IT HAS BEGUN…
I’m happy to report I got approval from the finance department to make the purchase for my workbench last night after pointing out to my chief financial officer a sale at Menard’s that included lumber. The kids accompanied me and I got a lot of sympathetic looks from men (and few “been there done that” looks) and smiles and looks of amazement from the handful of women in the big store. I suppose seeing me push one-handed a cart containing (barely) a 1.5 year old girl and a 3.5 year old boy while hauling a lumber cart full of wood was bound to get some attention.
My first stop was to get some glue. I have a medium sized bottle of Elmer’s woodglue that is about half empty. That simply won’t do! So I grabbed a bottle about 4 times the size of what I have. Never used Titebond before. I’ve heard it’s pretty much the same thing, but it was on sale so, why not?
At any rate I picked up 18 2″ x 4″ x 84″ studs for the top, 3 more of the same for the stretchers, 2 4″ x 4″ x 96″ for the legs, a big container of glue, some oak dowels for pins, and a 1″ x 4″ x 4″ hickory plank for the bench stops. Grand total was a hair under $80.
After reading Scott Landis’s Workbench book, I fell in love with Ian Kirby’s simple design (page 86 for those of you who have the book). In fact, I was going to build mine based on his until I read Chris Schwarz’s book and really took a liking to the Roubo style he made. So, I decided to combined bits and pieces from both. The sturdiness and rigidity of the Roubo, the bench stops and easy joinery of the Kirby. Now, after mulling it over for a few months and going through I don’t know how many different versions of my design, I’ve come to the conclusion I’m going to have a go at making this bench without any metal hardware. You know, just for one more challenge.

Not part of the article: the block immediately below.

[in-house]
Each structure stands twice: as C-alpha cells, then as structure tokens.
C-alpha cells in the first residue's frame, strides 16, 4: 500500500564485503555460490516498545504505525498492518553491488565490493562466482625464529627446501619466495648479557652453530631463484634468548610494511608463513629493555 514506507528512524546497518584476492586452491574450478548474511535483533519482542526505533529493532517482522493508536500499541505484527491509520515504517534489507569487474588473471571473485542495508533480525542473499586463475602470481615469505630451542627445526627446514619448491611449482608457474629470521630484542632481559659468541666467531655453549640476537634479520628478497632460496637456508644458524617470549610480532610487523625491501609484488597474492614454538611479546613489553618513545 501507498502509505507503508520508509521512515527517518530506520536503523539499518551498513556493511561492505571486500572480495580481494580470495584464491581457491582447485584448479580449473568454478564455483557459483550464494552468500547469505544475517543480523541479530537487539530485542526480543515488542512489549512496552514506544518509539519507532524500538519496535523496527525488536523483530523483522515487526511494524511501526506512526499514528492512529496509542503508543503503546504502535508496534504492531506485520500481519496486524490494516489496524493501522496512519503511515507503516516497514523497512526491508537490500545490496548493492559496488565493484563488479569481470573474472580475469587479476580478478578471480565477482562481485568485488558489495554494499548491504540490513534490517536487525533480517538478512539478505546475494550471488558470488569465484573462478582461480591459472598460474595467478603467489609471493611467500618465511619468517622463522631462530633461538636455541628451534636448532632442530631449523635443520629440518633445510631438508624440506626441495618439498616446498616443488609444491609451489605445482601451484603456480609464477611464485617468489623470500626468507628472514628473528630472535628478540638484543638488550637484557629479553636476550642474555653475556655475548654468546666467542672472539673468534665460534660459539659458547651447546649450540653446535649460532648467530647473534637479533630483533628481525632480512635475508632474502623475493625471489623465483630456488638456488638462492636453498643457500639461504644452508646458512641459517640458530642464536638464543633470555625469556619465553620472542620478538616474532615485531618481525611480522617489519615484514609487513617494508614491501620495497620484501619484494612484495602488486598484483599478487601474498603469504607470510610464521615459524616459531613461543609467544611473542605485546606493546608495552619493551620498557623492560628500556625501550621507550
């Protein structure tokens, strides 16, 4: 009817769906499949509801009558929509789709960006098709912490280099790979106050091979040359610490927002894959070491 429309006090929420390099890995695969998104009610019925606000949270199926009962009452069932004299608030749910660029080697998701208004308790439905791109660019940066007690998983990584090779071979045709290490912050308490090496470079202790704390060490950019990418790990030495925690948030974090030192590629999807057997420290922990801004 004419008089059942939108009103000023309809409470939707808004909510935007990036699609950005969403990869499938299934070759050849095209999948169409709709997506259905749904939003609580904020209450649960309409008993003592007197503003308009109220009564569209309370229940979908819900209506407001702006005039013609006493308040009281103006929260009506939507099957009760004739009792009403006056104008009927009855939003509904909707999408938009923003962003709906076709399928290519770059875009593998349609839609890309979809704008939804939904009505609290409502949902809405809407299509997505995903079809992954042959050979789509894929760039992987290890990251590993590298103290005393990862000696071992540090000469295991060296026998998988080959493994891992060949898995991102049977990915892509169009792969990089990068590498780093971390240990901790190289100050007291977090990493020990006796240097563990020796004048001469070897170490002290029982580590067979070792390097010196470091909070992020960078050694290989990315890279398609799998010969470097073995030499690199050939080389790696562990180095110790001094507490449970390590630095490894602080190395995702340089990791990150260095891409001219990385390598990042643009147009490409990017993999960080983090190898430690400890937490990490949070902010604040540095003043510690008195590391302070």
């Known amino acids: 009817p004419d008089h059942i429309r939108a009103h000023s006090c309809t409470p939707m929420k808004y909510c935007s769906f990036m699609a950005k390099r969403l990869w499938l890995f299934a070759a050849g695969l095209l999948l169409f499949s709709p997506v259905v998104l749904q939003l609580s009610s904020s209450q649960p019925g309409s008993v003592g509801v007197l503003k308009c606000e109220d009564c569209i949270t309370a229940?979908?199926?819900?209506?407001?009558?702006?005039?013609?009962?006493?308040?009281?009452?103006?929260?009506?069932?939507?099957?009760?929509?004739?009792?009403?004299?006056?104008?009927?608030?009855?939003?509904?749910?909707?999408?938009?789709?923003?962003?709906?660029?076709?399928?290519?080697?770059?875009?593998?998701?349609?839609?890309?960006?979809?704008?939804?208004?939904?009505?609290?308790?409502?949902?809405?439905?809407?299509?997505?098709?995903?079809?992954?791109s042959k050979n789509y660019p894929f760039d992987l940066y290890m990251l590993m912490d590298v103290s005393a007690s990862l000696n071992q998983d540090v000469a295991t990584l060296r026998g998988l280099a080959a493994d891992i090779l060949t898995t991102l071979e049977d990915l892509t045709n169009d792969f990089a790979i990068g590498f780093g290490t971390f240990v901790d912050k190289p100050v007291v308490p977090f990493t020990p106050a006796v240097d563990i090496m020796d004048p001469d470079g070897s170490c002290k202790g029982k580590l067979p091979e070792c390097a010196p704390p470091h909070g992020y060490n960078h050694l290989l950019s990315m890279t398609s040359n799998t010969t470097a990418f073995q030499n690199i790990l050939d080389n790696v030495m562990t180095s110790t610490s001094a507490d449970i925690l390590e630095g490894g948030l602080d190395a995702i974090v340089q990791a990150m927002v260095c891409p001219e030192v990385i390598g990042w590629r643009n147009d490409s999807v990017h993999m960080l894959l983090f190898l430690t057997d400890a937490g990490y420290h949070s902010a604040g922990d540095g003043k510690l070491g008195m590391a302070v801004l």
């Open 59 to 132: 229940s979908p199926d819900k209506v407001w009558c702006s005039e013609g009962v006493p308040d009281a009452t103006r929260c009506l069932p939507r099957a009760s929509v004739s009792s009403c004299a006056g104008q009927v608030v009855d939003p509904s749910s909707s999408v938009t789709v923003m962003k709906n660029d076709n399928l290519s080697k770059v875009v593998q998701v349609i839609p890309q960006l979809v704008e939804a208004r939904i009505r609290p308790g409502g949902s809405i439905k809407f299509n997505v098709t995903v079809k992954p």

Yeah, you read that right.
I’m going whole hog on this project and instead of metal fasteners, I’m going to use the oak dowels I bought today as pins for drawboring the mortise and tenon joints. If I do this right (and that’s a big damn IF) I will be mighty happy with the results. And if not, I’ll just use Deckmates to lock this mother together!
I have to say, despite the rain (yeah…it started as we left the store and made our way to the car) I was fairly giddy as I loaded the 270 pounds of lumber into the Expedition (gotta love being able to haul that much 8′ long stock and two kids in car-seats!).
At home, I had to wait till play time—I mean nap time—before I could unload and get the lumber out and sorted. I took an hour in the store sorting through the wood looking for the clearest, straightest pieces (and I think I got them all…it was pretty rough!), but I still sorted again and marked them as top or stretcher.
Once that was done, I stacked everything nice and neat to get acclimated to the garage (and dry out after getting rained on). Lucky for me, we’re going to my wife’s class reunion this weekend so I won’t be tortured by looking at tge wood and wishing to get started. I figure it will be early next week before I can do more.
In the meantime, what I did do was make use of the lumber storage the previous owner (and builder of the house) had installed for me over the garage door. I honestly don’t know what he did with the racks made of 2x4s hanging from the rafters in the garage, but I discovered they are the perfect size for 8′ lengths of lumber. So, I had some extras laying around getting in the way and decided to put ’em up there. I also put the pieces for the stretchers up there as well, just to get them out of the way while I work on the top.
Which got me thinking…do I want to build the top first? Or build the base first? Or, prep and glue up the top then work on the base while the top is drying? Decisions, decisions…
Tomorrow: jigs! I need to get the lumber cut to length, and I’ll be shaving 1/2″ off the height of the 2″ x 4″s (so instead of being 3 1/2″ thick, my top will be 3″ thick and should have nice sharp flat edge). That’s at least two jigs…I have a few designs in my head I want to try out after looking at some videos from Danny Lipford. He has so many tips and how-to videos to look at, I’ll have to check it out in detail later…